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This article was co-authored by Professor Jo Brewis of the University of Leicester, Dr Vanessa Beck of the University of Bristol, Dr Andrea Davies of the University of Leicester and Dr Jesse Matheson of the University of Leicester.
In a recent contribution to Academics Corner, Laura Doering and Sarah Thebaud write: “Despite persistent diversity initiatives and an ever-growing sense of inclusion and tolerance in the workplace, research suggests that gender stereotypes still disadvantage women at work”.
Having undertaken a government research project on the impact of the menopause transition on women’s economic participation – i.e. working outside the home – in the UK, we couldn’t agree more.
Menopause is the point in a woman’s life when her periods stop for good. It is a normal biological phenomenon which all women experience. Menopause transition is the ‘run up’, as it were, to menopause itself.
The Stages of Reproductive Health Workshop defines transition as characterised by changes in a woman’s menstrual cycle and her menstrual flow, difficulty concentrating or remembering things, mood swings, hot flushes and night sweats.
Women also have very different experiences of transition. Some find it easy to cope with, whereas others endure more challenging symptoms. About 25% of women have very debilitating symptoms indeed.
Official government statistics tell us that more and more women are working now, and that they are retiring later in life. Something of the order of 75% of women over 50 are employed outside the home in the UK.
In turn, this means many more women will experience menopause transition whilst they are working, a demographic trend which shows no sign of slowing down.
What did our research and report find?
We reviewed 104 English language publications on the relationship between menopause transition and work, from January 1990 to March 2016. The report discusses:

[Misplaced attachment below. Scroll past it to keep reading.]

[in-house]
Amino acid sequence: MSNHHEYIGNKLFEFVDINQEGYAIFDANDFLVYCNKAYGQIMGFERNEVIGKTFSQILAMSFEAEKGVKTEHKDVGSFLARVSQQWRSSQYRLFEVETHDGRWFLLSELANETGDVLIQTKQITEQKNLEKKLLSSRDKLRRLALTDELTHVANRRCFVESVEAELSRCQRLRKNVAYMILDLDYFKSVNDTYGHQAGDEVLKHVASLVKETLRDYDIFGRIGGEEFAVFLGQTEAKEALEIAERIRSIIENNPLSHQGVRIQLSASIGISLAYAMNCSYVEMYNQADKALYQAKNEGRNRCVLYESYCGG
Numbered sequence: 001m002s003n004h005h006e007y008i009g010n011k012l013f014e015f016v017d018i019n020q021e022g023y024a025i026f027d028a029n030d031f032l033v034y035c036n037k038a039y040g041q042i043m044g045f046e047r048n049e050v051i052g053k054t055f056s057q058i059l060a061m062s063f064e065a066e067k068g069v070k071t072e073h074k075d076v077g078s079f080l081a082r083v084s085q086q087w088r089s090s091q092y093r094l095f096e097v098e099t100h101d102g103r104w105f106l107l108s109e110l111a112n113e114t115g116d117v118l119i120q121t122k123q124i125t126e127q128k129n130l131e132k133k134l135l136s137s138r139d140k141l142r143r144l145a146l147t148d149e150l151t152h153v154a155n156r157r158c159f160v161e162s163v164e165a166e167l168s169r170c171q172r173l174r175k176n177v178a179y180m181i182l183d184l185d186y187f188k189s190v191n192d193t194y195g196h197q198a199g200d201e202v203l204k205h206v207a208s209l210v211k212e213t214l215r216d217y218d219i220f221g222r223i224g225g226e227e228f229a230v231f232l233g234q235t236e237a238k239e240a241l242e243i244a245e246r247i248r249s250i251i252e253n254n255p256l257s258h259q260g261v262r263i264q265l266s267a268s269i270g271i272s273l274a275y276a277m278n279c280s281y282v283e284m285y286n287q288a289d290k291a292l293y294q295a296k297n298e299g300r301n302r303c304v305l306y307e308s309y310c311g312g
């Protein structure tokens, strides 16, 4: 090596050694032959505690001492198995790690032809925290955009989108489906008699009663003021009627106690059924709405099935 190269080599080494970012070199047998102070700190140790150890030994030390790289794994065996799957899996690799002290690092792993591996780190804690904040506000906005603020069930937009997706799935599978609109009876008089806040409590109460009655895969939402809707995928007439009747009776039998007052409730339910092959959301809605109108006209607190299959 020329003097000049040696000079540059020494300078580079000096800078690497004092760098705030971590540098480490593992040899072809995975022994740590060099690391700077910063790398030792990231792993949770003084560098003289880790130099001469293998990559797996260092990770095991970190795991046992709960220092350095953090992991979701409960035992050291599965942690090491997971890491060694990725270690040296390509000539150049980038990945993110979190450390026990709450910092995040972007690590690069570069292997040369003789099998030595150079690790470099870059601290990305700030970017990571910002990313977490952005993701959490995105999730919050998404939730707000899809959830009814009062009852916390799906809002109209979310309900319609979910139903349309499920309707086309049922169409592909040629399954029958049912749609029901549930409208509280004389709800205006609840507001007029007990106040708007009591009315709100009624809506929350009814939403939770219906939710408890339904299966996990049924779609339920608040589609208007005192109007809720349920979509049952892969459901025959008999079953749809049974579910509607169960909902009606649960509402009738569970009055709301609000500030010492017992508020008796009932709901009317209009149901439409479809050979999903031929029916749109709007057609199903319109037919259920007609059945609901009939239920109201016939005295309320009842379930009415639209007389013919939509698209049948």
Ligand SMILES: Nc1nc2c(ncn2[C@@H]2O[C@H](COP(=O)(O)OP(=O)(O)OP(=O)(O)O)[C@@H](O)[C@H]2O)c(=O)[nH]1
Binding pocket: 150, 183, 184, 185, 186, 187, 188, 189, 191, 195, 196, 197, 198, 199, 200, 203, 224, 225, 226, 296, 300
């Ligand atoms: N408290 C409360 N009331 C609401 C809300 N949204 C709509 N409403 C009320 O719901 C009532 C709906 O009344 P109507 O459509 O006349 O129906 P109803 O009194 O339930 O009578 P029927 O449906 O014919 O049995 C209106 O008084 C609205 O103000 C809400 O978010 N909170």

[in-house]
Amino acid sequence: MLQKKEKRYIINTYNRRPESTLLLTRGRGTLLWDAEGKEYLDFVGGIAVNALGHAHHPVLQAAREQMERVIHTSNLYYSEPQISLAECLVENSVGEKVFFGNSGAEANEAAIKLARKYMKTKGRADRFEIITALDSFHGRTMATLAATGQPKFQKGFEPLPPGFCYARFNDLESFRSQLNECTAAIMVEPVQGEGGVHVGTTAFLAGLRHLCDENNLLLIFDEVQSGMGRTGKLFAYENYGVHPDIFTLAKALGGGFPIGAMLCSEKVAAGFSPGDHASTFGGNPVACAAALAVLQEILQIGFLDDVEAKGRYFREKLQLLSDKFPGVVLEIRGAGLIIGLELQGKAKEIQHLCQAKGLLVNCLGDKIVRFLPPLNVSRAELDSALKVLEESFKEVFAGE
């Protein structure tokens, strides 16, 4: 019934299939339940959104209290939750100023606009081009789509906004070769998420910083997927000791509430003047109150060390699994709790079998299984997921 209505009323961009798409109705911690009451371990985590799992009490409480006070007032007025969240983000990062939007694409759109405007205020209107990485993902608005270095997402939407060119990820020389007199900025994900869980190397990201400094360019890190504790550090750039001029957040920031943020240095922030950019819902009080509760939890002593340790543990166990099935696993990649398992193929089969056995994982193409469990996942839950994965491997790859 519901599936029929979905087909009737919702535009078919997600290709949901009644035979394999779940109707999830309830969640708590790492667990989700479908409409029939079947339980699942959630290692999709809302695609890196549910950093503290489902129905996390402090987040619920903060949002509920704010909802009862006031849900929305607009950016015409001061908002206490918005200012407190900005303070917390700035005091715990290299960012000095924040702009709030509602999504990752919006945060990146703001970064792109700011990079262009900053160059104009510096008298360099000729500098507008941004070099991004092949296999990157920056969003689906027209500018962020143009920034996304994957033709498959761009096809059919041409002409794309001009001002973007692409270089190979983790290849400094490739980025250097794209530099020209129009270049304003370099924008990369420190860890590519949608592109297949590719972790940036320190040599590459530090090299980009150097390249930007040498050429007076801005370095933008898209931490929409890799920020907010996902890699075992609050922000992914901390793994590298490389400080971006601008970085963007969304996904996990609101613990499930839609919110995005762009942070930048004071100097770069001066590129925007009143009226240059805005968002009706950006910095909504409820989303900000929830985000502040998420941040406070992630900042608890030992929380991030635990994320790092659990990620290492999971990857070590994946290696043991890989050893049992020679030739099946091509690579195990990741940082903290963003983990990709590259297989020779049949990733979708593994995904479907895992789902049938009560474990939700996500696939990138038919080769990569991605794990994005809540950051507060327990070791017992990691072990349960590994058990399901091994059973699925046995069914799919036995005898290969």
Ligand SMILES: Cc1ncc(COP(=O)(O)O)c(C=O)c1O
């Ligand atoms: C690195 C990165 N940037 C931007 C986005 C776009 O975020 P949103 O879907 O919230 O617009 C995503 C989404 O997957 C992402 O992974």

- the extent to which menopause transition is a problem for working women, and those who leave the workforce;
- the effect of transition symptoms on women’s economic participation;
- whether women’s and employers’ attitudes to transition make a difference;
- how women employees in transition can be better supported; and
- the likely economic costs of transition.
We also identify gaps in the evidence base, like the lack of studies of women in manual or lower-paid occupations.
Transition, our report suggests, can cause considerable difficulties at work for women with bothersome symptoms.
Hot flushes, for example, are physically unpleasant and can make women feel less professional. Difficulty focusing and memory problems, equally, could make workload harder to manage and affect a woman’s confidence. Mood swings can also be an issue, especially for female managers, as they may affect decision making.
And symptoms might, in addition, mean women need to take time off work. On the other hand, work can make symptoms worse, where women have to wear uniforms made from synthetic fabrics, work in offices with no temperature control facility or face stressful deadlines, for example.